What’s at Stake in 2020: Our Public Lands

by Tim Donaghy

October 26, 2020

Since day one of his administration, Donald Trump has pursued what he calls his “Energy Dominance” agenda. It’s a fancy, deceptive way of saying that his friends at all the big energy companies need even MORE taxpayer subsidies, no matter how much destruction is left in their wake. Target number one? Our shared public lands.

Arctic National Wildlife Refuge

© Rose Sjölander / 70°

So far, their plan has worked. In the last four years, the Trump administration has removed—or is attempting to remove—protections from public lands that represent our country’s unique, irreplaceable ecological and cultural heritage. Public lands create access for communities to experience the natural world. They draw down carbon. They are crucial to the fight against climate change. And they include traditional homelands of Indigenous Peoples who have stewarded this land for generations.

Handing public lands over to extractive industries is an unmitigated disaster. A second term of this administration would make things even worse.

That’s why Greenpeace has launched a massive volunteer program to contact millions of voters around the country and encourage them to vote with protecting these precious places in mind. We want to make sure that you have the tools and resources you need to vote for the environment, too. 

Make your plan to vote — whether it’s by mail, voting early in person, or voting on Election Day — using our ballot tool. Once you’ve made a plan to vote, share it with at least FIVE people you know and get them to fill it out too.

make a plan to vote

I want to paint the clearest possible picture of why we can’t afford four more years under this administration. Here are just a few examples of what’s already happening under Trump. We can expect more of the same (or worse) if his policies live on:

  1. In 2017, Trump reduced the size of the Bears Ears National Monument — 1.3 million acres of historic land in Utah — by 85% for more oil and gas drilling. He did so despite fierce opposition by Navajo, Hopi, Zuni, Ute Mountain Ute, & Uintah Ouray Ute communities who have been leading the fight to protect Bears Ears and its ecological and cultural heritage for decades.
  2. That same year, he reduced the Grand Staircase-Escalante National Monument — nearly 1.9 million acres of protected land in Utah — by 47% for coal mining.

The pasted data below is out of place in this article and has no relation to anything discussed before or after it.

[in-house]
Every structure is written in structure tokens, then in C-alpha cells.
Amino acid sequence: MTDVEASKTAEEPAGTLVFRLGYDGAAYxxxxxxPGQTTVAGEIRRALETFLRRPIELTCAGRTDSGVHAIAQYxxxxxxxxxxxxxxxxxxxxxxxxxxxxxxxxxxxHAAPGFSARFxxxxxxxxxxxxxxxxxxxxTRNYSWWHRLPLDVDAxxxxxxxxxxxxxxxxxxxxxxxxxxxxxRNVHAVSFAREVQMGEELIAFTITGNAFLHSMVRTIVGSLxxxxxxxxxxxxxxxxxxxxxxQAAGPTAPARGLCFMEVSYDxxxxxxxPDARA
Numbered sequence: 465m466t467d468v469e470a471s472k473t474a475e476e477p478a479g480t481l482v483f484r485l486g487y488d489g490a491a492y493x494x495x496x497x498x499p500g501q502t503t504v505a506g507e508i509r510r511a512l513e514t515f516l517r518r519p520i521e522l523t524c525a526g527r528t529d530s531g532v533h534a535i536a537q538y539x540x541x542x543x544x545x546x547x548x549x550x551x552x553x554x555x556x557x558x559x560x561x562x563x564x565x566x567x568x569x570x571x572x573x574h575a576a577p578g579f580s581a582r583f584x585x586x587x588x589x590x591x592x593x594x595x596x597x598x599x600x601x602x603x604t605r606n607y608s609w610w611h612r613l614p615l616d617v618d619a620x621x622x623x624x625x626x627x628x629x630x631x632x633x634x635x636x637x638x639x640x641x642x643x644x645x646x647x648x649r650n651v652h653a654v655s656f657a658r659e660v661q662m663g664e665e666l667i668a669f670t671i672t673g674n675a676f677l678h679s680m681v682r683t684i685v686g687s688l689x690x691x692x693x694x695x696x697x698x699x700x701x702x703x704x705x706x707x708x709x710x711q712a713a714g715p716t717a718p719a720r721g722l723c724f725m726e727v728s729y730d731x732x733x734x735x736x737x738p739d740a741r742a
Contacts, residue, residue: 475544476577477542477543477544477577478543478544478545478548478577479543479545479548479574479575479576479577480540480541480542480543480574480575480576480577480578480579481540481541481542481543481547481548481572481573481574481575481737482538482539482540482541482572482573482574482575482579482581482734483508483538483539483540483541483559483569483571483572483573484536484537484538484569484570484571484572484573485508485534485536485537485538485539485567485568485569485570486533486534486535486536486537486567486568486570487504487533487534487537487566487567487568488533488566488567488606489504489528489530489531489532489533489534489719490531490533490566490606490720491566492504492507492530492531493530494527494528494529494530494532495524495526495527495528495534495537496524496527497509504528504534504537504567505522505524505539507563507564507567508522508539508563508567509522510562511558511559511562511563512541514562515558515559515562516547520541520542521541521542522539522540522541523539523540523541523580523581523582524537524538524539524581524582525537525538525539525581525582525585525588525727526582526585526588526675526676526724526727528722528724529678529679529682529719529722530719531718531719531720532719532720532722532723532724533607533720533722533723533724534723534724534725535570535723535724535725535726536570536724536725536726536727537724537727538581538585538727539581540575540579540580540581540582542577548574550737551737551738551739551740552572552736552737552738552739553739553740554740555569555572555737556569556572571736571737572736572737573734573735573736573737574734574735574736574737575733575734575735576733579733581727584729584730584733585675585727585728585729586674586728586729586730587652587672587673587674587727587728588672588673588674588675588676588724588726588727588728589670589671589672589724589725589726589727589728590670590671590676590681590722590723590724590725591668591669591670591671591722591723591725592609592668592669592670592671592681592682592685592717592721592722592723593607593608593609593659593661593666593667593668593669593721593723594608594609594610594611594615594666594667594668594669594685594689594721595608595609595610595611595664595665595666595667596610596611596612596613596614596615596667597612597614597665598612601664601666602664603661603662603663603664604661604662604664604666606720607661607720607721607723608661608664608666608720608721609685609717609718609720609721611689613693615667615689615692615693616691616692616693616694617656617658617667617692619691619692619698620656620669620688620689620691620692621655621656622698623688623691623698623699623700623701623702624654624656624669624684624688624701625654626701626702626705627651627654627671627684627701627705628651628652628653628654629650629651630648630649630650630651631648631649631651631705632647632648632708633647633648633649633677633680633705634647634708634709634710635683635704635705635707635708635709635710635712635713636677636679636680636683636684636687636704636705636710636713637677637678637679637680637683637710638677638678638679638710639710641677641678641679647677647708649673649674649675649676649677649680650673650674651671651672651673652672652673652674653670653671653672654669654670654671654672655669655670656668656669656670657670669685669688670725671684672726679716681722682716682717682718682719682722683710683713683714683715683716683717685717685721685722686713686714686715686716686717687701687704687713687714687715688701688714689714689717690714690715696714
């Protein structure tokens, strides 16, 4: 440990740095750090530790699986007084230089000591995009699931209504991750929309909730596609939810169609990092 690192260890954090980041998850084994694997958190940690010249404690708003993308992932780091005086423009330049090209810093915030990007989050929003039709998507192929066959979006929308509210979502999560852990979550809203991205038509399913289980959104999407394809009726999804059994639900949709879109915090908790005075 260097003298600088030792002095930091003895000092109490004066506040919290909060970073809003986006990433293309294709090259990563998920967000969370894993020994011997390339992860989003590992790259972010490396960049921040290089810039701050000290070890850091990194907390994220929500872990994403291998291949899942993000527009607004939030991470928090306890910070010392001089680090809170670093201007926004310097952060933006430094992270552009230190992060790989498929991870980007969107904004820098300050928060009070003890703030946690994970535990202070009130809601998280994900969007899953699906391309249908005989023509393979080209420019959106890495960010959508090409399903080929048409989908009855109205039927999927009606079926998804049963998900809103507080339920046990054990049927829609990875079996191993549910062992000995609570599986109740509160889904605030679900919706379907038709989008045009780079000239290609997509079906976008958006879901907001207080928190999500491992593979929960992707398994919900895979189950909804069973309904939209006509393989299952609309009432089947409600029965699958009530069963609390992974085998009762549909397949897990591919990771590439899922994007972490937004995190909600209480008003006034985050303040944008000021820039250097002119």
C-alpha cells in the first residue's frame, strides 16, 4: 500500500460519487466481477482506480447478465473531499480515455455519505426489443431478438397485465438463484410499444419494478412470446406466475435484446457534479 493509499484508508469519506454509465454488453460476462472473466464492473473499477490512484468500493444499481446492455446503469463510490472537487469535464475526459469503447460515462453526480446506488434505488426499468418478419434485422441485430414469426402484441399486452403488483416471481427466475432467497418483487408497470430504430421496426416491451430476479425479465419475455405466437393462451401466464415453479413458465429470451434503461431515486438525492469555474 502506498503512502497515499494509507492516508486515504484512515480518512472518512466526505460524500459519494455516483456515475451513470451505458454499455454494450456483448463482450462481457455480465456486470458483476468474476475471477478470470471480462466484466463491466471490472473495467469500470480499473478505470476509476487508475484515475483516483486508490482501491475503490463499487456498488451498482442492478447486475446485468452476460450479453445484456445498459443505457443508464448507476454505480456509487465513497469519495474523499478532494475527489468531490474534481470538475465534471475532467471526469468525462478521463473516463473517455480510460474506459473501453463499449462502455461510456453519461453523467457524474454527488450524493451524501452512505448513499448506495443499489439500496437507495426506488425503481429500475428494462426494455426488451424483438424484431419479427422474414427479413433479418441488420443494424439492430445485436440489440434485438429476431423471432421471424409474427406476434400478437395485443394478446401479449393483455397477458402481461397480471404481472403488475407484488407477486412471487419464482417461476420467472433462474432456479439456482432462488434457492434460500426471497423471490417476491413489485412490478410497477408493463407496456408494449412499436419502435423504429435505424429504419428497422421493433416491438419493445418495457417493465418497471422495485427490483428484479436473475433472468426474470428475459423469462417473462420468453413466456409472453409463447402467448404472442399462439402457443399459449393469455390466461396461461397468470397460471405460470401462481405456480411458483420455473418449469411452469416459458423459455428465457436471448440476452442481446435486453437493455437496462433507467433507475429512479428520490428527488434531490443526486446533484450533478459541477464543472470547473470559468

3. Since 2019, he’s been trying to open up American coastlines to expanded offshore drilling. While coalition groups have been able to block his plans so far, there’s no guarantee we’ll win the same battle twice.
  4. In 2020, Trump finalized plans to open up the Arctic National Wildlife Refuge to oil and gas leasing. That’s an existential threat to the Gwich’in community which has relied on the Refuge and the Porcupine Caribou Herd for thousands of years.
  5. Just a few months ago, Trump opened up the Northeast Canyons and Seamounts Marine National Monument — nearly 5,000 square miles in the Atlantic — to industrial fishing. 

Four more years of the current status quo won’t just ensure that the above rollbacks remain in place—it will ensure that even worse policies are enacted. We can’t let that happen.

make a plan to vote

The science is clear: we need our policymakers, from the White House to the halls of Congress, to begin a managed decline of the fossil fuel industry IMMEDIATELY. And we’re doing the critical work, alongside thousands of volunteers, to make that happen. I hope you’ll join us.

As the deadline for voting approaches, we’re pulling out all the stops to make sure that you, your friends, family, neighbors, and every environmental voter has their voice heard before the polls close. Our “What’s at Stake” series highlights a key issue that’s on the ballot. If you haven’t voted yet, now is the time. If people in your circle are on the fence, please share this post or have a conversation with them today.

Tim Donaghy

By Tim Donaghy

Tim Donaghy is a Senior Research Specialist with Greenpeace USA. He writes frequently about climate change, offshore oil drilling, energy production, and the Arctic.

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